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Social media manipulation by political actors is a problem on an industrial scale, the report finds

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This activity has become more professional, with private companies offering disinformation services. Photo credit: Shutterstock

The manipulation of public opinion through social media is a growing threat to democracies around the world, according to the Oxford Internet Institute’s 2020 Media Tampering Survey, which found evidence in each of the 80+ countries studied.

Organized tampering campaigns were found on social media in each of the 81 countries surveyed, an increase of 15% in one year from 70 countries in 2019. Governments, PR firms and political parties produce misinformation on an industrial scale, according to the report. It shows that disinformation has become a common strategy as more than 93% of countries (76 out of 81) use disinformation as part of political communication.

Professor Philip Howard, Director of the Oxford Internet Institute and co-author of the report, says, “Our report shows that misinformation has been professionalized and is now being produced on an industrial scale, relying on trustworthy information about government policies and activities. Social media companies need to improve their game by stepping up their efforts to report misinformation and close bogus accounts without government intervention so that the public can have access to quality information. “

The OII team warns that levels of manipulation on social media have skyrocketed as governments and political parties spend millions on private sector “cyber troops” drowning out other voices on social media. Citizen influencers are used to spread compromised news. This includes volunteers, youth groups and civil society organizations who support their ideologies.

OII alumna Dr. Samantha Bradshaw, lead author of the report, says, “Our 2020 report highlights how government agencies, political parties and private companies continue to use social media to spread political propaganda, pollute the digital information ecosystem, and freedom of expression and press. Much of these activities have become more professional, with private companies offering disinformation services. “

Key takeaways that the OII researchers identified include:

  • Private “strategic communications” companies are playing an increasing role in the spread of computer propaganda. Researchers identify state actors that work with such firms in 48 countries.
  • Almost $ 60 million has been spent on companies using bots and other reinforcement strategies to create the impression that political messages are on trend.
  • Social media has become a major battleground, with companies like Facebook and Twitter taking steps to combat “cyber troops”. About $ 10 million has been spent on political advertising on social media. The platforms removed more than 317,000 accounts and pages from “cyber troops”. “Actors between January 2019 and November 2020.

Cyber ​​troops are often directly linked to government agencies. The report said: “In 62 countries we found evidence that a government agency is using computer propaganda to shape public attitudes.”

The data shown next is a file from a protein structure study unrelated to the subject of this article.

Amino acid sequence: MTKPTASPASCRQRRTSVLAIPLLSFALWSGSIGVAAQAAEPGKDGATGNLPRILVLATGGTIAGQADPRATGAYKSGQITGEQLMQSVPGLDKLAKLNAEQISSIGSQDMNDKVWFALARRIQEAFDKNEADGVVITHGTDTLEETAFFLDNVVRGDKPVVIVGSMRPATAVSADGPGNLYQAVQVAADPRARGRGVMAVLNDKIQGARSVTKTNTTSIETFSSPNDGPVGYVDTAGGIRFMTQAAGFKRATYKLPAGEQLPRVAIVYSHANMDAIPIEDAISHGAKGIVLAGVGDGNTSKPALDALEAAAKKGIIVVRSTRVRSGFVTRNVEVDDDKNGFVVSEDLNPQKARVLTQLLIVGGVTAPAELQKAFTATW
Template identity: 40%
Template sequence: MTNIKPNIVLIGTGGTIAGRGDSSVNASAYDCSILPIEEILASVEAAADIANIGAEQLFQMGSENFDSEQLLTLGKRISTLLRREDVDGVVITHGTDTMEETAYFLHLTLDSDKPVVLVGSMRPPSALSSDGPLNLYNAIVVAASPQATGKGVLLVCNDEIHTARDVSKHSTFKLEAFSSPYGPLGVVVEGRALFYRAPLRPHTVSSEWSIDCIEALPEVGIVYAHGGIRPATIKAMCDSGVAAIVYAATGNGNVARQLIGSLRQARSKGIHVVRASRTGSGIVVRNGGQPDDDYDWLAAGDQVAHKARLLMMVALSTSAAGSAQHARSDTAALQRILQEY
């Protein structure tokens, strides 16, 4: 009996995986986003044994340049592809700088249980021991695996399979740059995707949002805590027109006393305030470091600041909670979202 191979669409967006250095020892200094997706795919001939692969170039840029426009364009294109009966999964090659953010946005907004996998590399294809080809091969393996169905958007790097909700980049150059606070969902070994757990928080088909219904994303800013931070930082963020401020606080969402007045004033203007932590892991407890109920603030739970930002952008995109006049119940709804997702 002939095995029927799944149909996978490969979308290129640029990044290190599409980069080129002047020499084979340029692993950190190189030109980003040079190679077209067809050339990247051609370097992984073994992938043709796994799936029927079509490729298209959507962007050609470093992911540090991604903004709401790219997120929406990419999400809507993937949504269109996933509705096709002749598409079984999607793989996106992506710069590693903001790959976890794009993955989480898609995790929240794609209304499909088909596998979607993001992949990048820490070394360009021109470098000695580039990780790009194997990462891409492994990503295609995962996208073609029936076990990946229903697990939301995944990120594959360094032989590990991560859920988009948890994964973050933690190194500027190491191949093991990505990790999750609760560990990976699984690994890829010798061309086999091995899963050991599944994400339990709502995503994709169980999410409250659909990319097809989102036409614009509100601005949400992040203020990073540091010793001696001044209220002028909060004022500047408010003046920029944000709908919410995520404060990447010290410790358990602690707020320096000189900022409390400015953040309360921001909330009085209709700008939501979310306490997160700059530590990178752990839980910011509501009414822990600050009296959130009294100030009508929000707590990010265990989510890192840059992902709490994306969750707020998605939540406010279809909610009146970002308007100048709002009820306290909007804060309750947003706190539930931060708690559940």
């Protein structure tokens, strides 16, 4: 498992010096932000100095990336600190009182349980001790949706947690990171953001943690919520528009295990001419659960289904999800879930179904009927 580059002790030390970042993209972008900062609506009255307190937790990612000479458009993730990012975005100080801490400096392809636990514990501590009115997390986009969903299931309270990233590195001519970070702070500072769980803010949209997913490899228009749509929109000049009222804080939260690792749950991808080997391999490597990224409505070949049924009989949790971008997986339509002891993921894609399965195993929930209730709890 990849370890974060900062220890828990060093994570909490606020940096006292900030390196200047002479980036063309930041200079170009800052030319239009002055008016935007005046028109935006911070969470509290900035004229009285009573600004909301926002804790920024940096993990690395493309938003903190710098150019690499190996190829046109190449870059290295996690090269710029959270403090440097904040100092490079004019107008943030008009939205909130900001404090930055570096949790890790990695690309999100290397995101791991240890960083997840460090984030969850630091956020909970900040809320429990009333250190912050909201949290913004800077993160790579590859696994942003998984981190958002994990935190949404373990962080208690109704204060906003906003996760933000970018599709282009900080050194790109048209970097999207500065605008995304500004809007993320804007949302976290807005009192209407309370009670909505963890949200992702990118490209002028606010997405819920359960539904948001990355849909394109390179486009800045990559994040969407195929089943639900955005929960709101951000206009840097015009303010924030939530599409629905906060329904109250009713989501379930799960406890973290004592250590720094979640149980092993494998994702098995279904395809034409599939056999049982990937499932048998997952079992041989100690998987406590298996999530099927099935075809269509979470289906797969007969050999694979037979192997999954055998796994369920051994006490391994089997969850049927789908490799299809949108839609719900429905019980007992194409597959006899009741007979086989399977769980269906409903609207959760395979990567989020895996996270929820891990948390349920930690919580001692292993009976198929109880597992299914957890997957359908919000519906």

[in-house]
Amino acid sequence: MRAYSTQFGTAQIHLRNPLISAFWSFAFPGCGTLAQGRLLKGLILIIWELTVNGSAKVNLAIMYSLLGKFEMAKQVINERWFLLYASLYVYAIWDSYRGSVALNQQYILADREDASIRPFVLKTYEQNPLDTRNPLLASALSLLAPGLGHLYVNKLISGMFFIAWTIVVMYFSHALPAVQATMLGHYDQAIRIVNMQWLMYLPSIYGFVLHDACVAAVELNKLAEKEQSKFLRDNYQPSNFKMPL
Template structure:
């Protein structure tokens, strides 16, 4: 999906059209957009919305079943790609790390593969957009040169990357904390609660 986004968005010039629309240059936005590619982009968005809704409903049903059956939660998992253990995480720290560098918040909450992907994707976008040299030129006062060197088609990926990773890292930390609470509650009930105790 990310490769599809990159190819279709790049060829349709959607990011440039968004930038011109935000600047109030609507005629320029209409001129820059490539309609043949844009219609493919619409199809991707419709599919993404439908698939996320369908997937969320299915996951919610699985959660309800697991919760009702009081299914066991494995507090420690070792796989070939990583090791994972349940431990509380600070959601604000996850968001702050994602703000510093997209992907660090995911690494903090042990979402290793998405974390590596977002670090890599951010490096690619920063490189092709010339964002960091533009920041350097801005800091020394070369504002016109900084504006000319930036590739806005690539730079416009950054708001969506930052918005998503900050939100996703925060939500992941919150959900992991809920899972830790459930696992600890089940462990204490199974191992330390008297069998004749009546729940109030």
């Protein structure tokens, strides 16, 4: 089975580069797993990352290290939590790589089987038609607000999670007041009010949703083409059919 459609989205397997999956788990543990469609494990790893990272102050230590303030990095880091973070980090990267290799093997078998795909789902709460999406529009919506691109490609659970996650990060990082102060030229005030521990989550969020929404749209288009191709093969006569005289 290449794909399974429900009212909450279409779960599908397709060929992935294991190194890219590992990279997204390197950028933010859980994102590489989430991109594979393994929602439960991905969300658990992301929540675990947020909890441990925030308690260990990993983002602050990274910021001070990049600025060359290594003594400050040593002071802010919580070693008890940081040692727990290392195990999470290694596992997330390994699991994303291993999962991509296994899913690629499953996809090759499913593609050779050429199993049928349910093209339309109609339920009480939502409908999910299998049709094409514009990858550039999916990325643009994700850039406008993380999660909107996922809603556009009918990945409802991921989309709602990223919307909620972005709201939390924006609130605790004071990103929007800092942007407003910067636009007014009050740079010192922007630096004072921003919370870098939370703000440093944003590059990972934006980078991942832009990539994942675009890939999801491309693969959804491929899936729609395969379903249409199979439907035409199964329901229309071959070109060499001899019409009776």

Established political parties have also been found to use social media to “spread disinformation, repress political participation and undermine opposition parties,” say the Oxford researchers.

The report said: “In 61 countries we found evidence of political parties or politicians running for office using the tools and techniques of computer propaganda as part of their political campaigns. In fact, social media has become a vital part of digital campaigning . ” . “

Dr. Bradshaw adds, “Cyber ​​troops can look different in democracies than they do in authoritarian regimes.

The report examines the tools and techniques of computer propaganda, including the use of fake accounts – bots, people, and hacked accounts – to spread disinformation. It finds:

  • 79 countries used human accounts,
  • 57 counties used bot accounts and
  • 14 countries used hacked or stolen accounts.

Researchers examined how cyber troops use various communication strategies to manipulate public opinion, such as creating disinformation or manipulated media, data-driven targeting, and abusive strategies such as running smear campaigns or online harassment. The report finds:

  • 76 countries used disinformation and media manipulation as part of their campaigns,
  • 30 countries use data-based strategies to target specific users with political advertising,
  • 59 countries used government-sponsored trolls to target political opponents or activists in 2019, up from 47 countries in 2019.

The 2020 report relies on a four-step methodology that Oxford researchers use to identify evidence of globally organized tampering campaigns. This includes a systematic content analysis of news articles on cyber troop activities, a secondary literature search of public archives and scientific reports, the preparation of country-specific case studies and expert consultations.

The research was carried out by Oxford researchers between 2019 and 2020.

Social media manipulation is increasing worldwide, warns a new report

More information:
Research studies of the Computational Propaganda Project are available at comprop.oii.ox.ac.uk/publications/ Provided by the University of Oxford. released

Quote: Social media manipulation by political actors a problem on an industrial scale, report takes place (2021, January 13), accessed on October 2, 2021 from https://phys.org/news/2021-01-social-media-political- actors-industrial.html

This document is subject to copyright. Except for fair trade for private study or research purposes, no part may be reproduced without written permission. The content is provided for informational purposes only.

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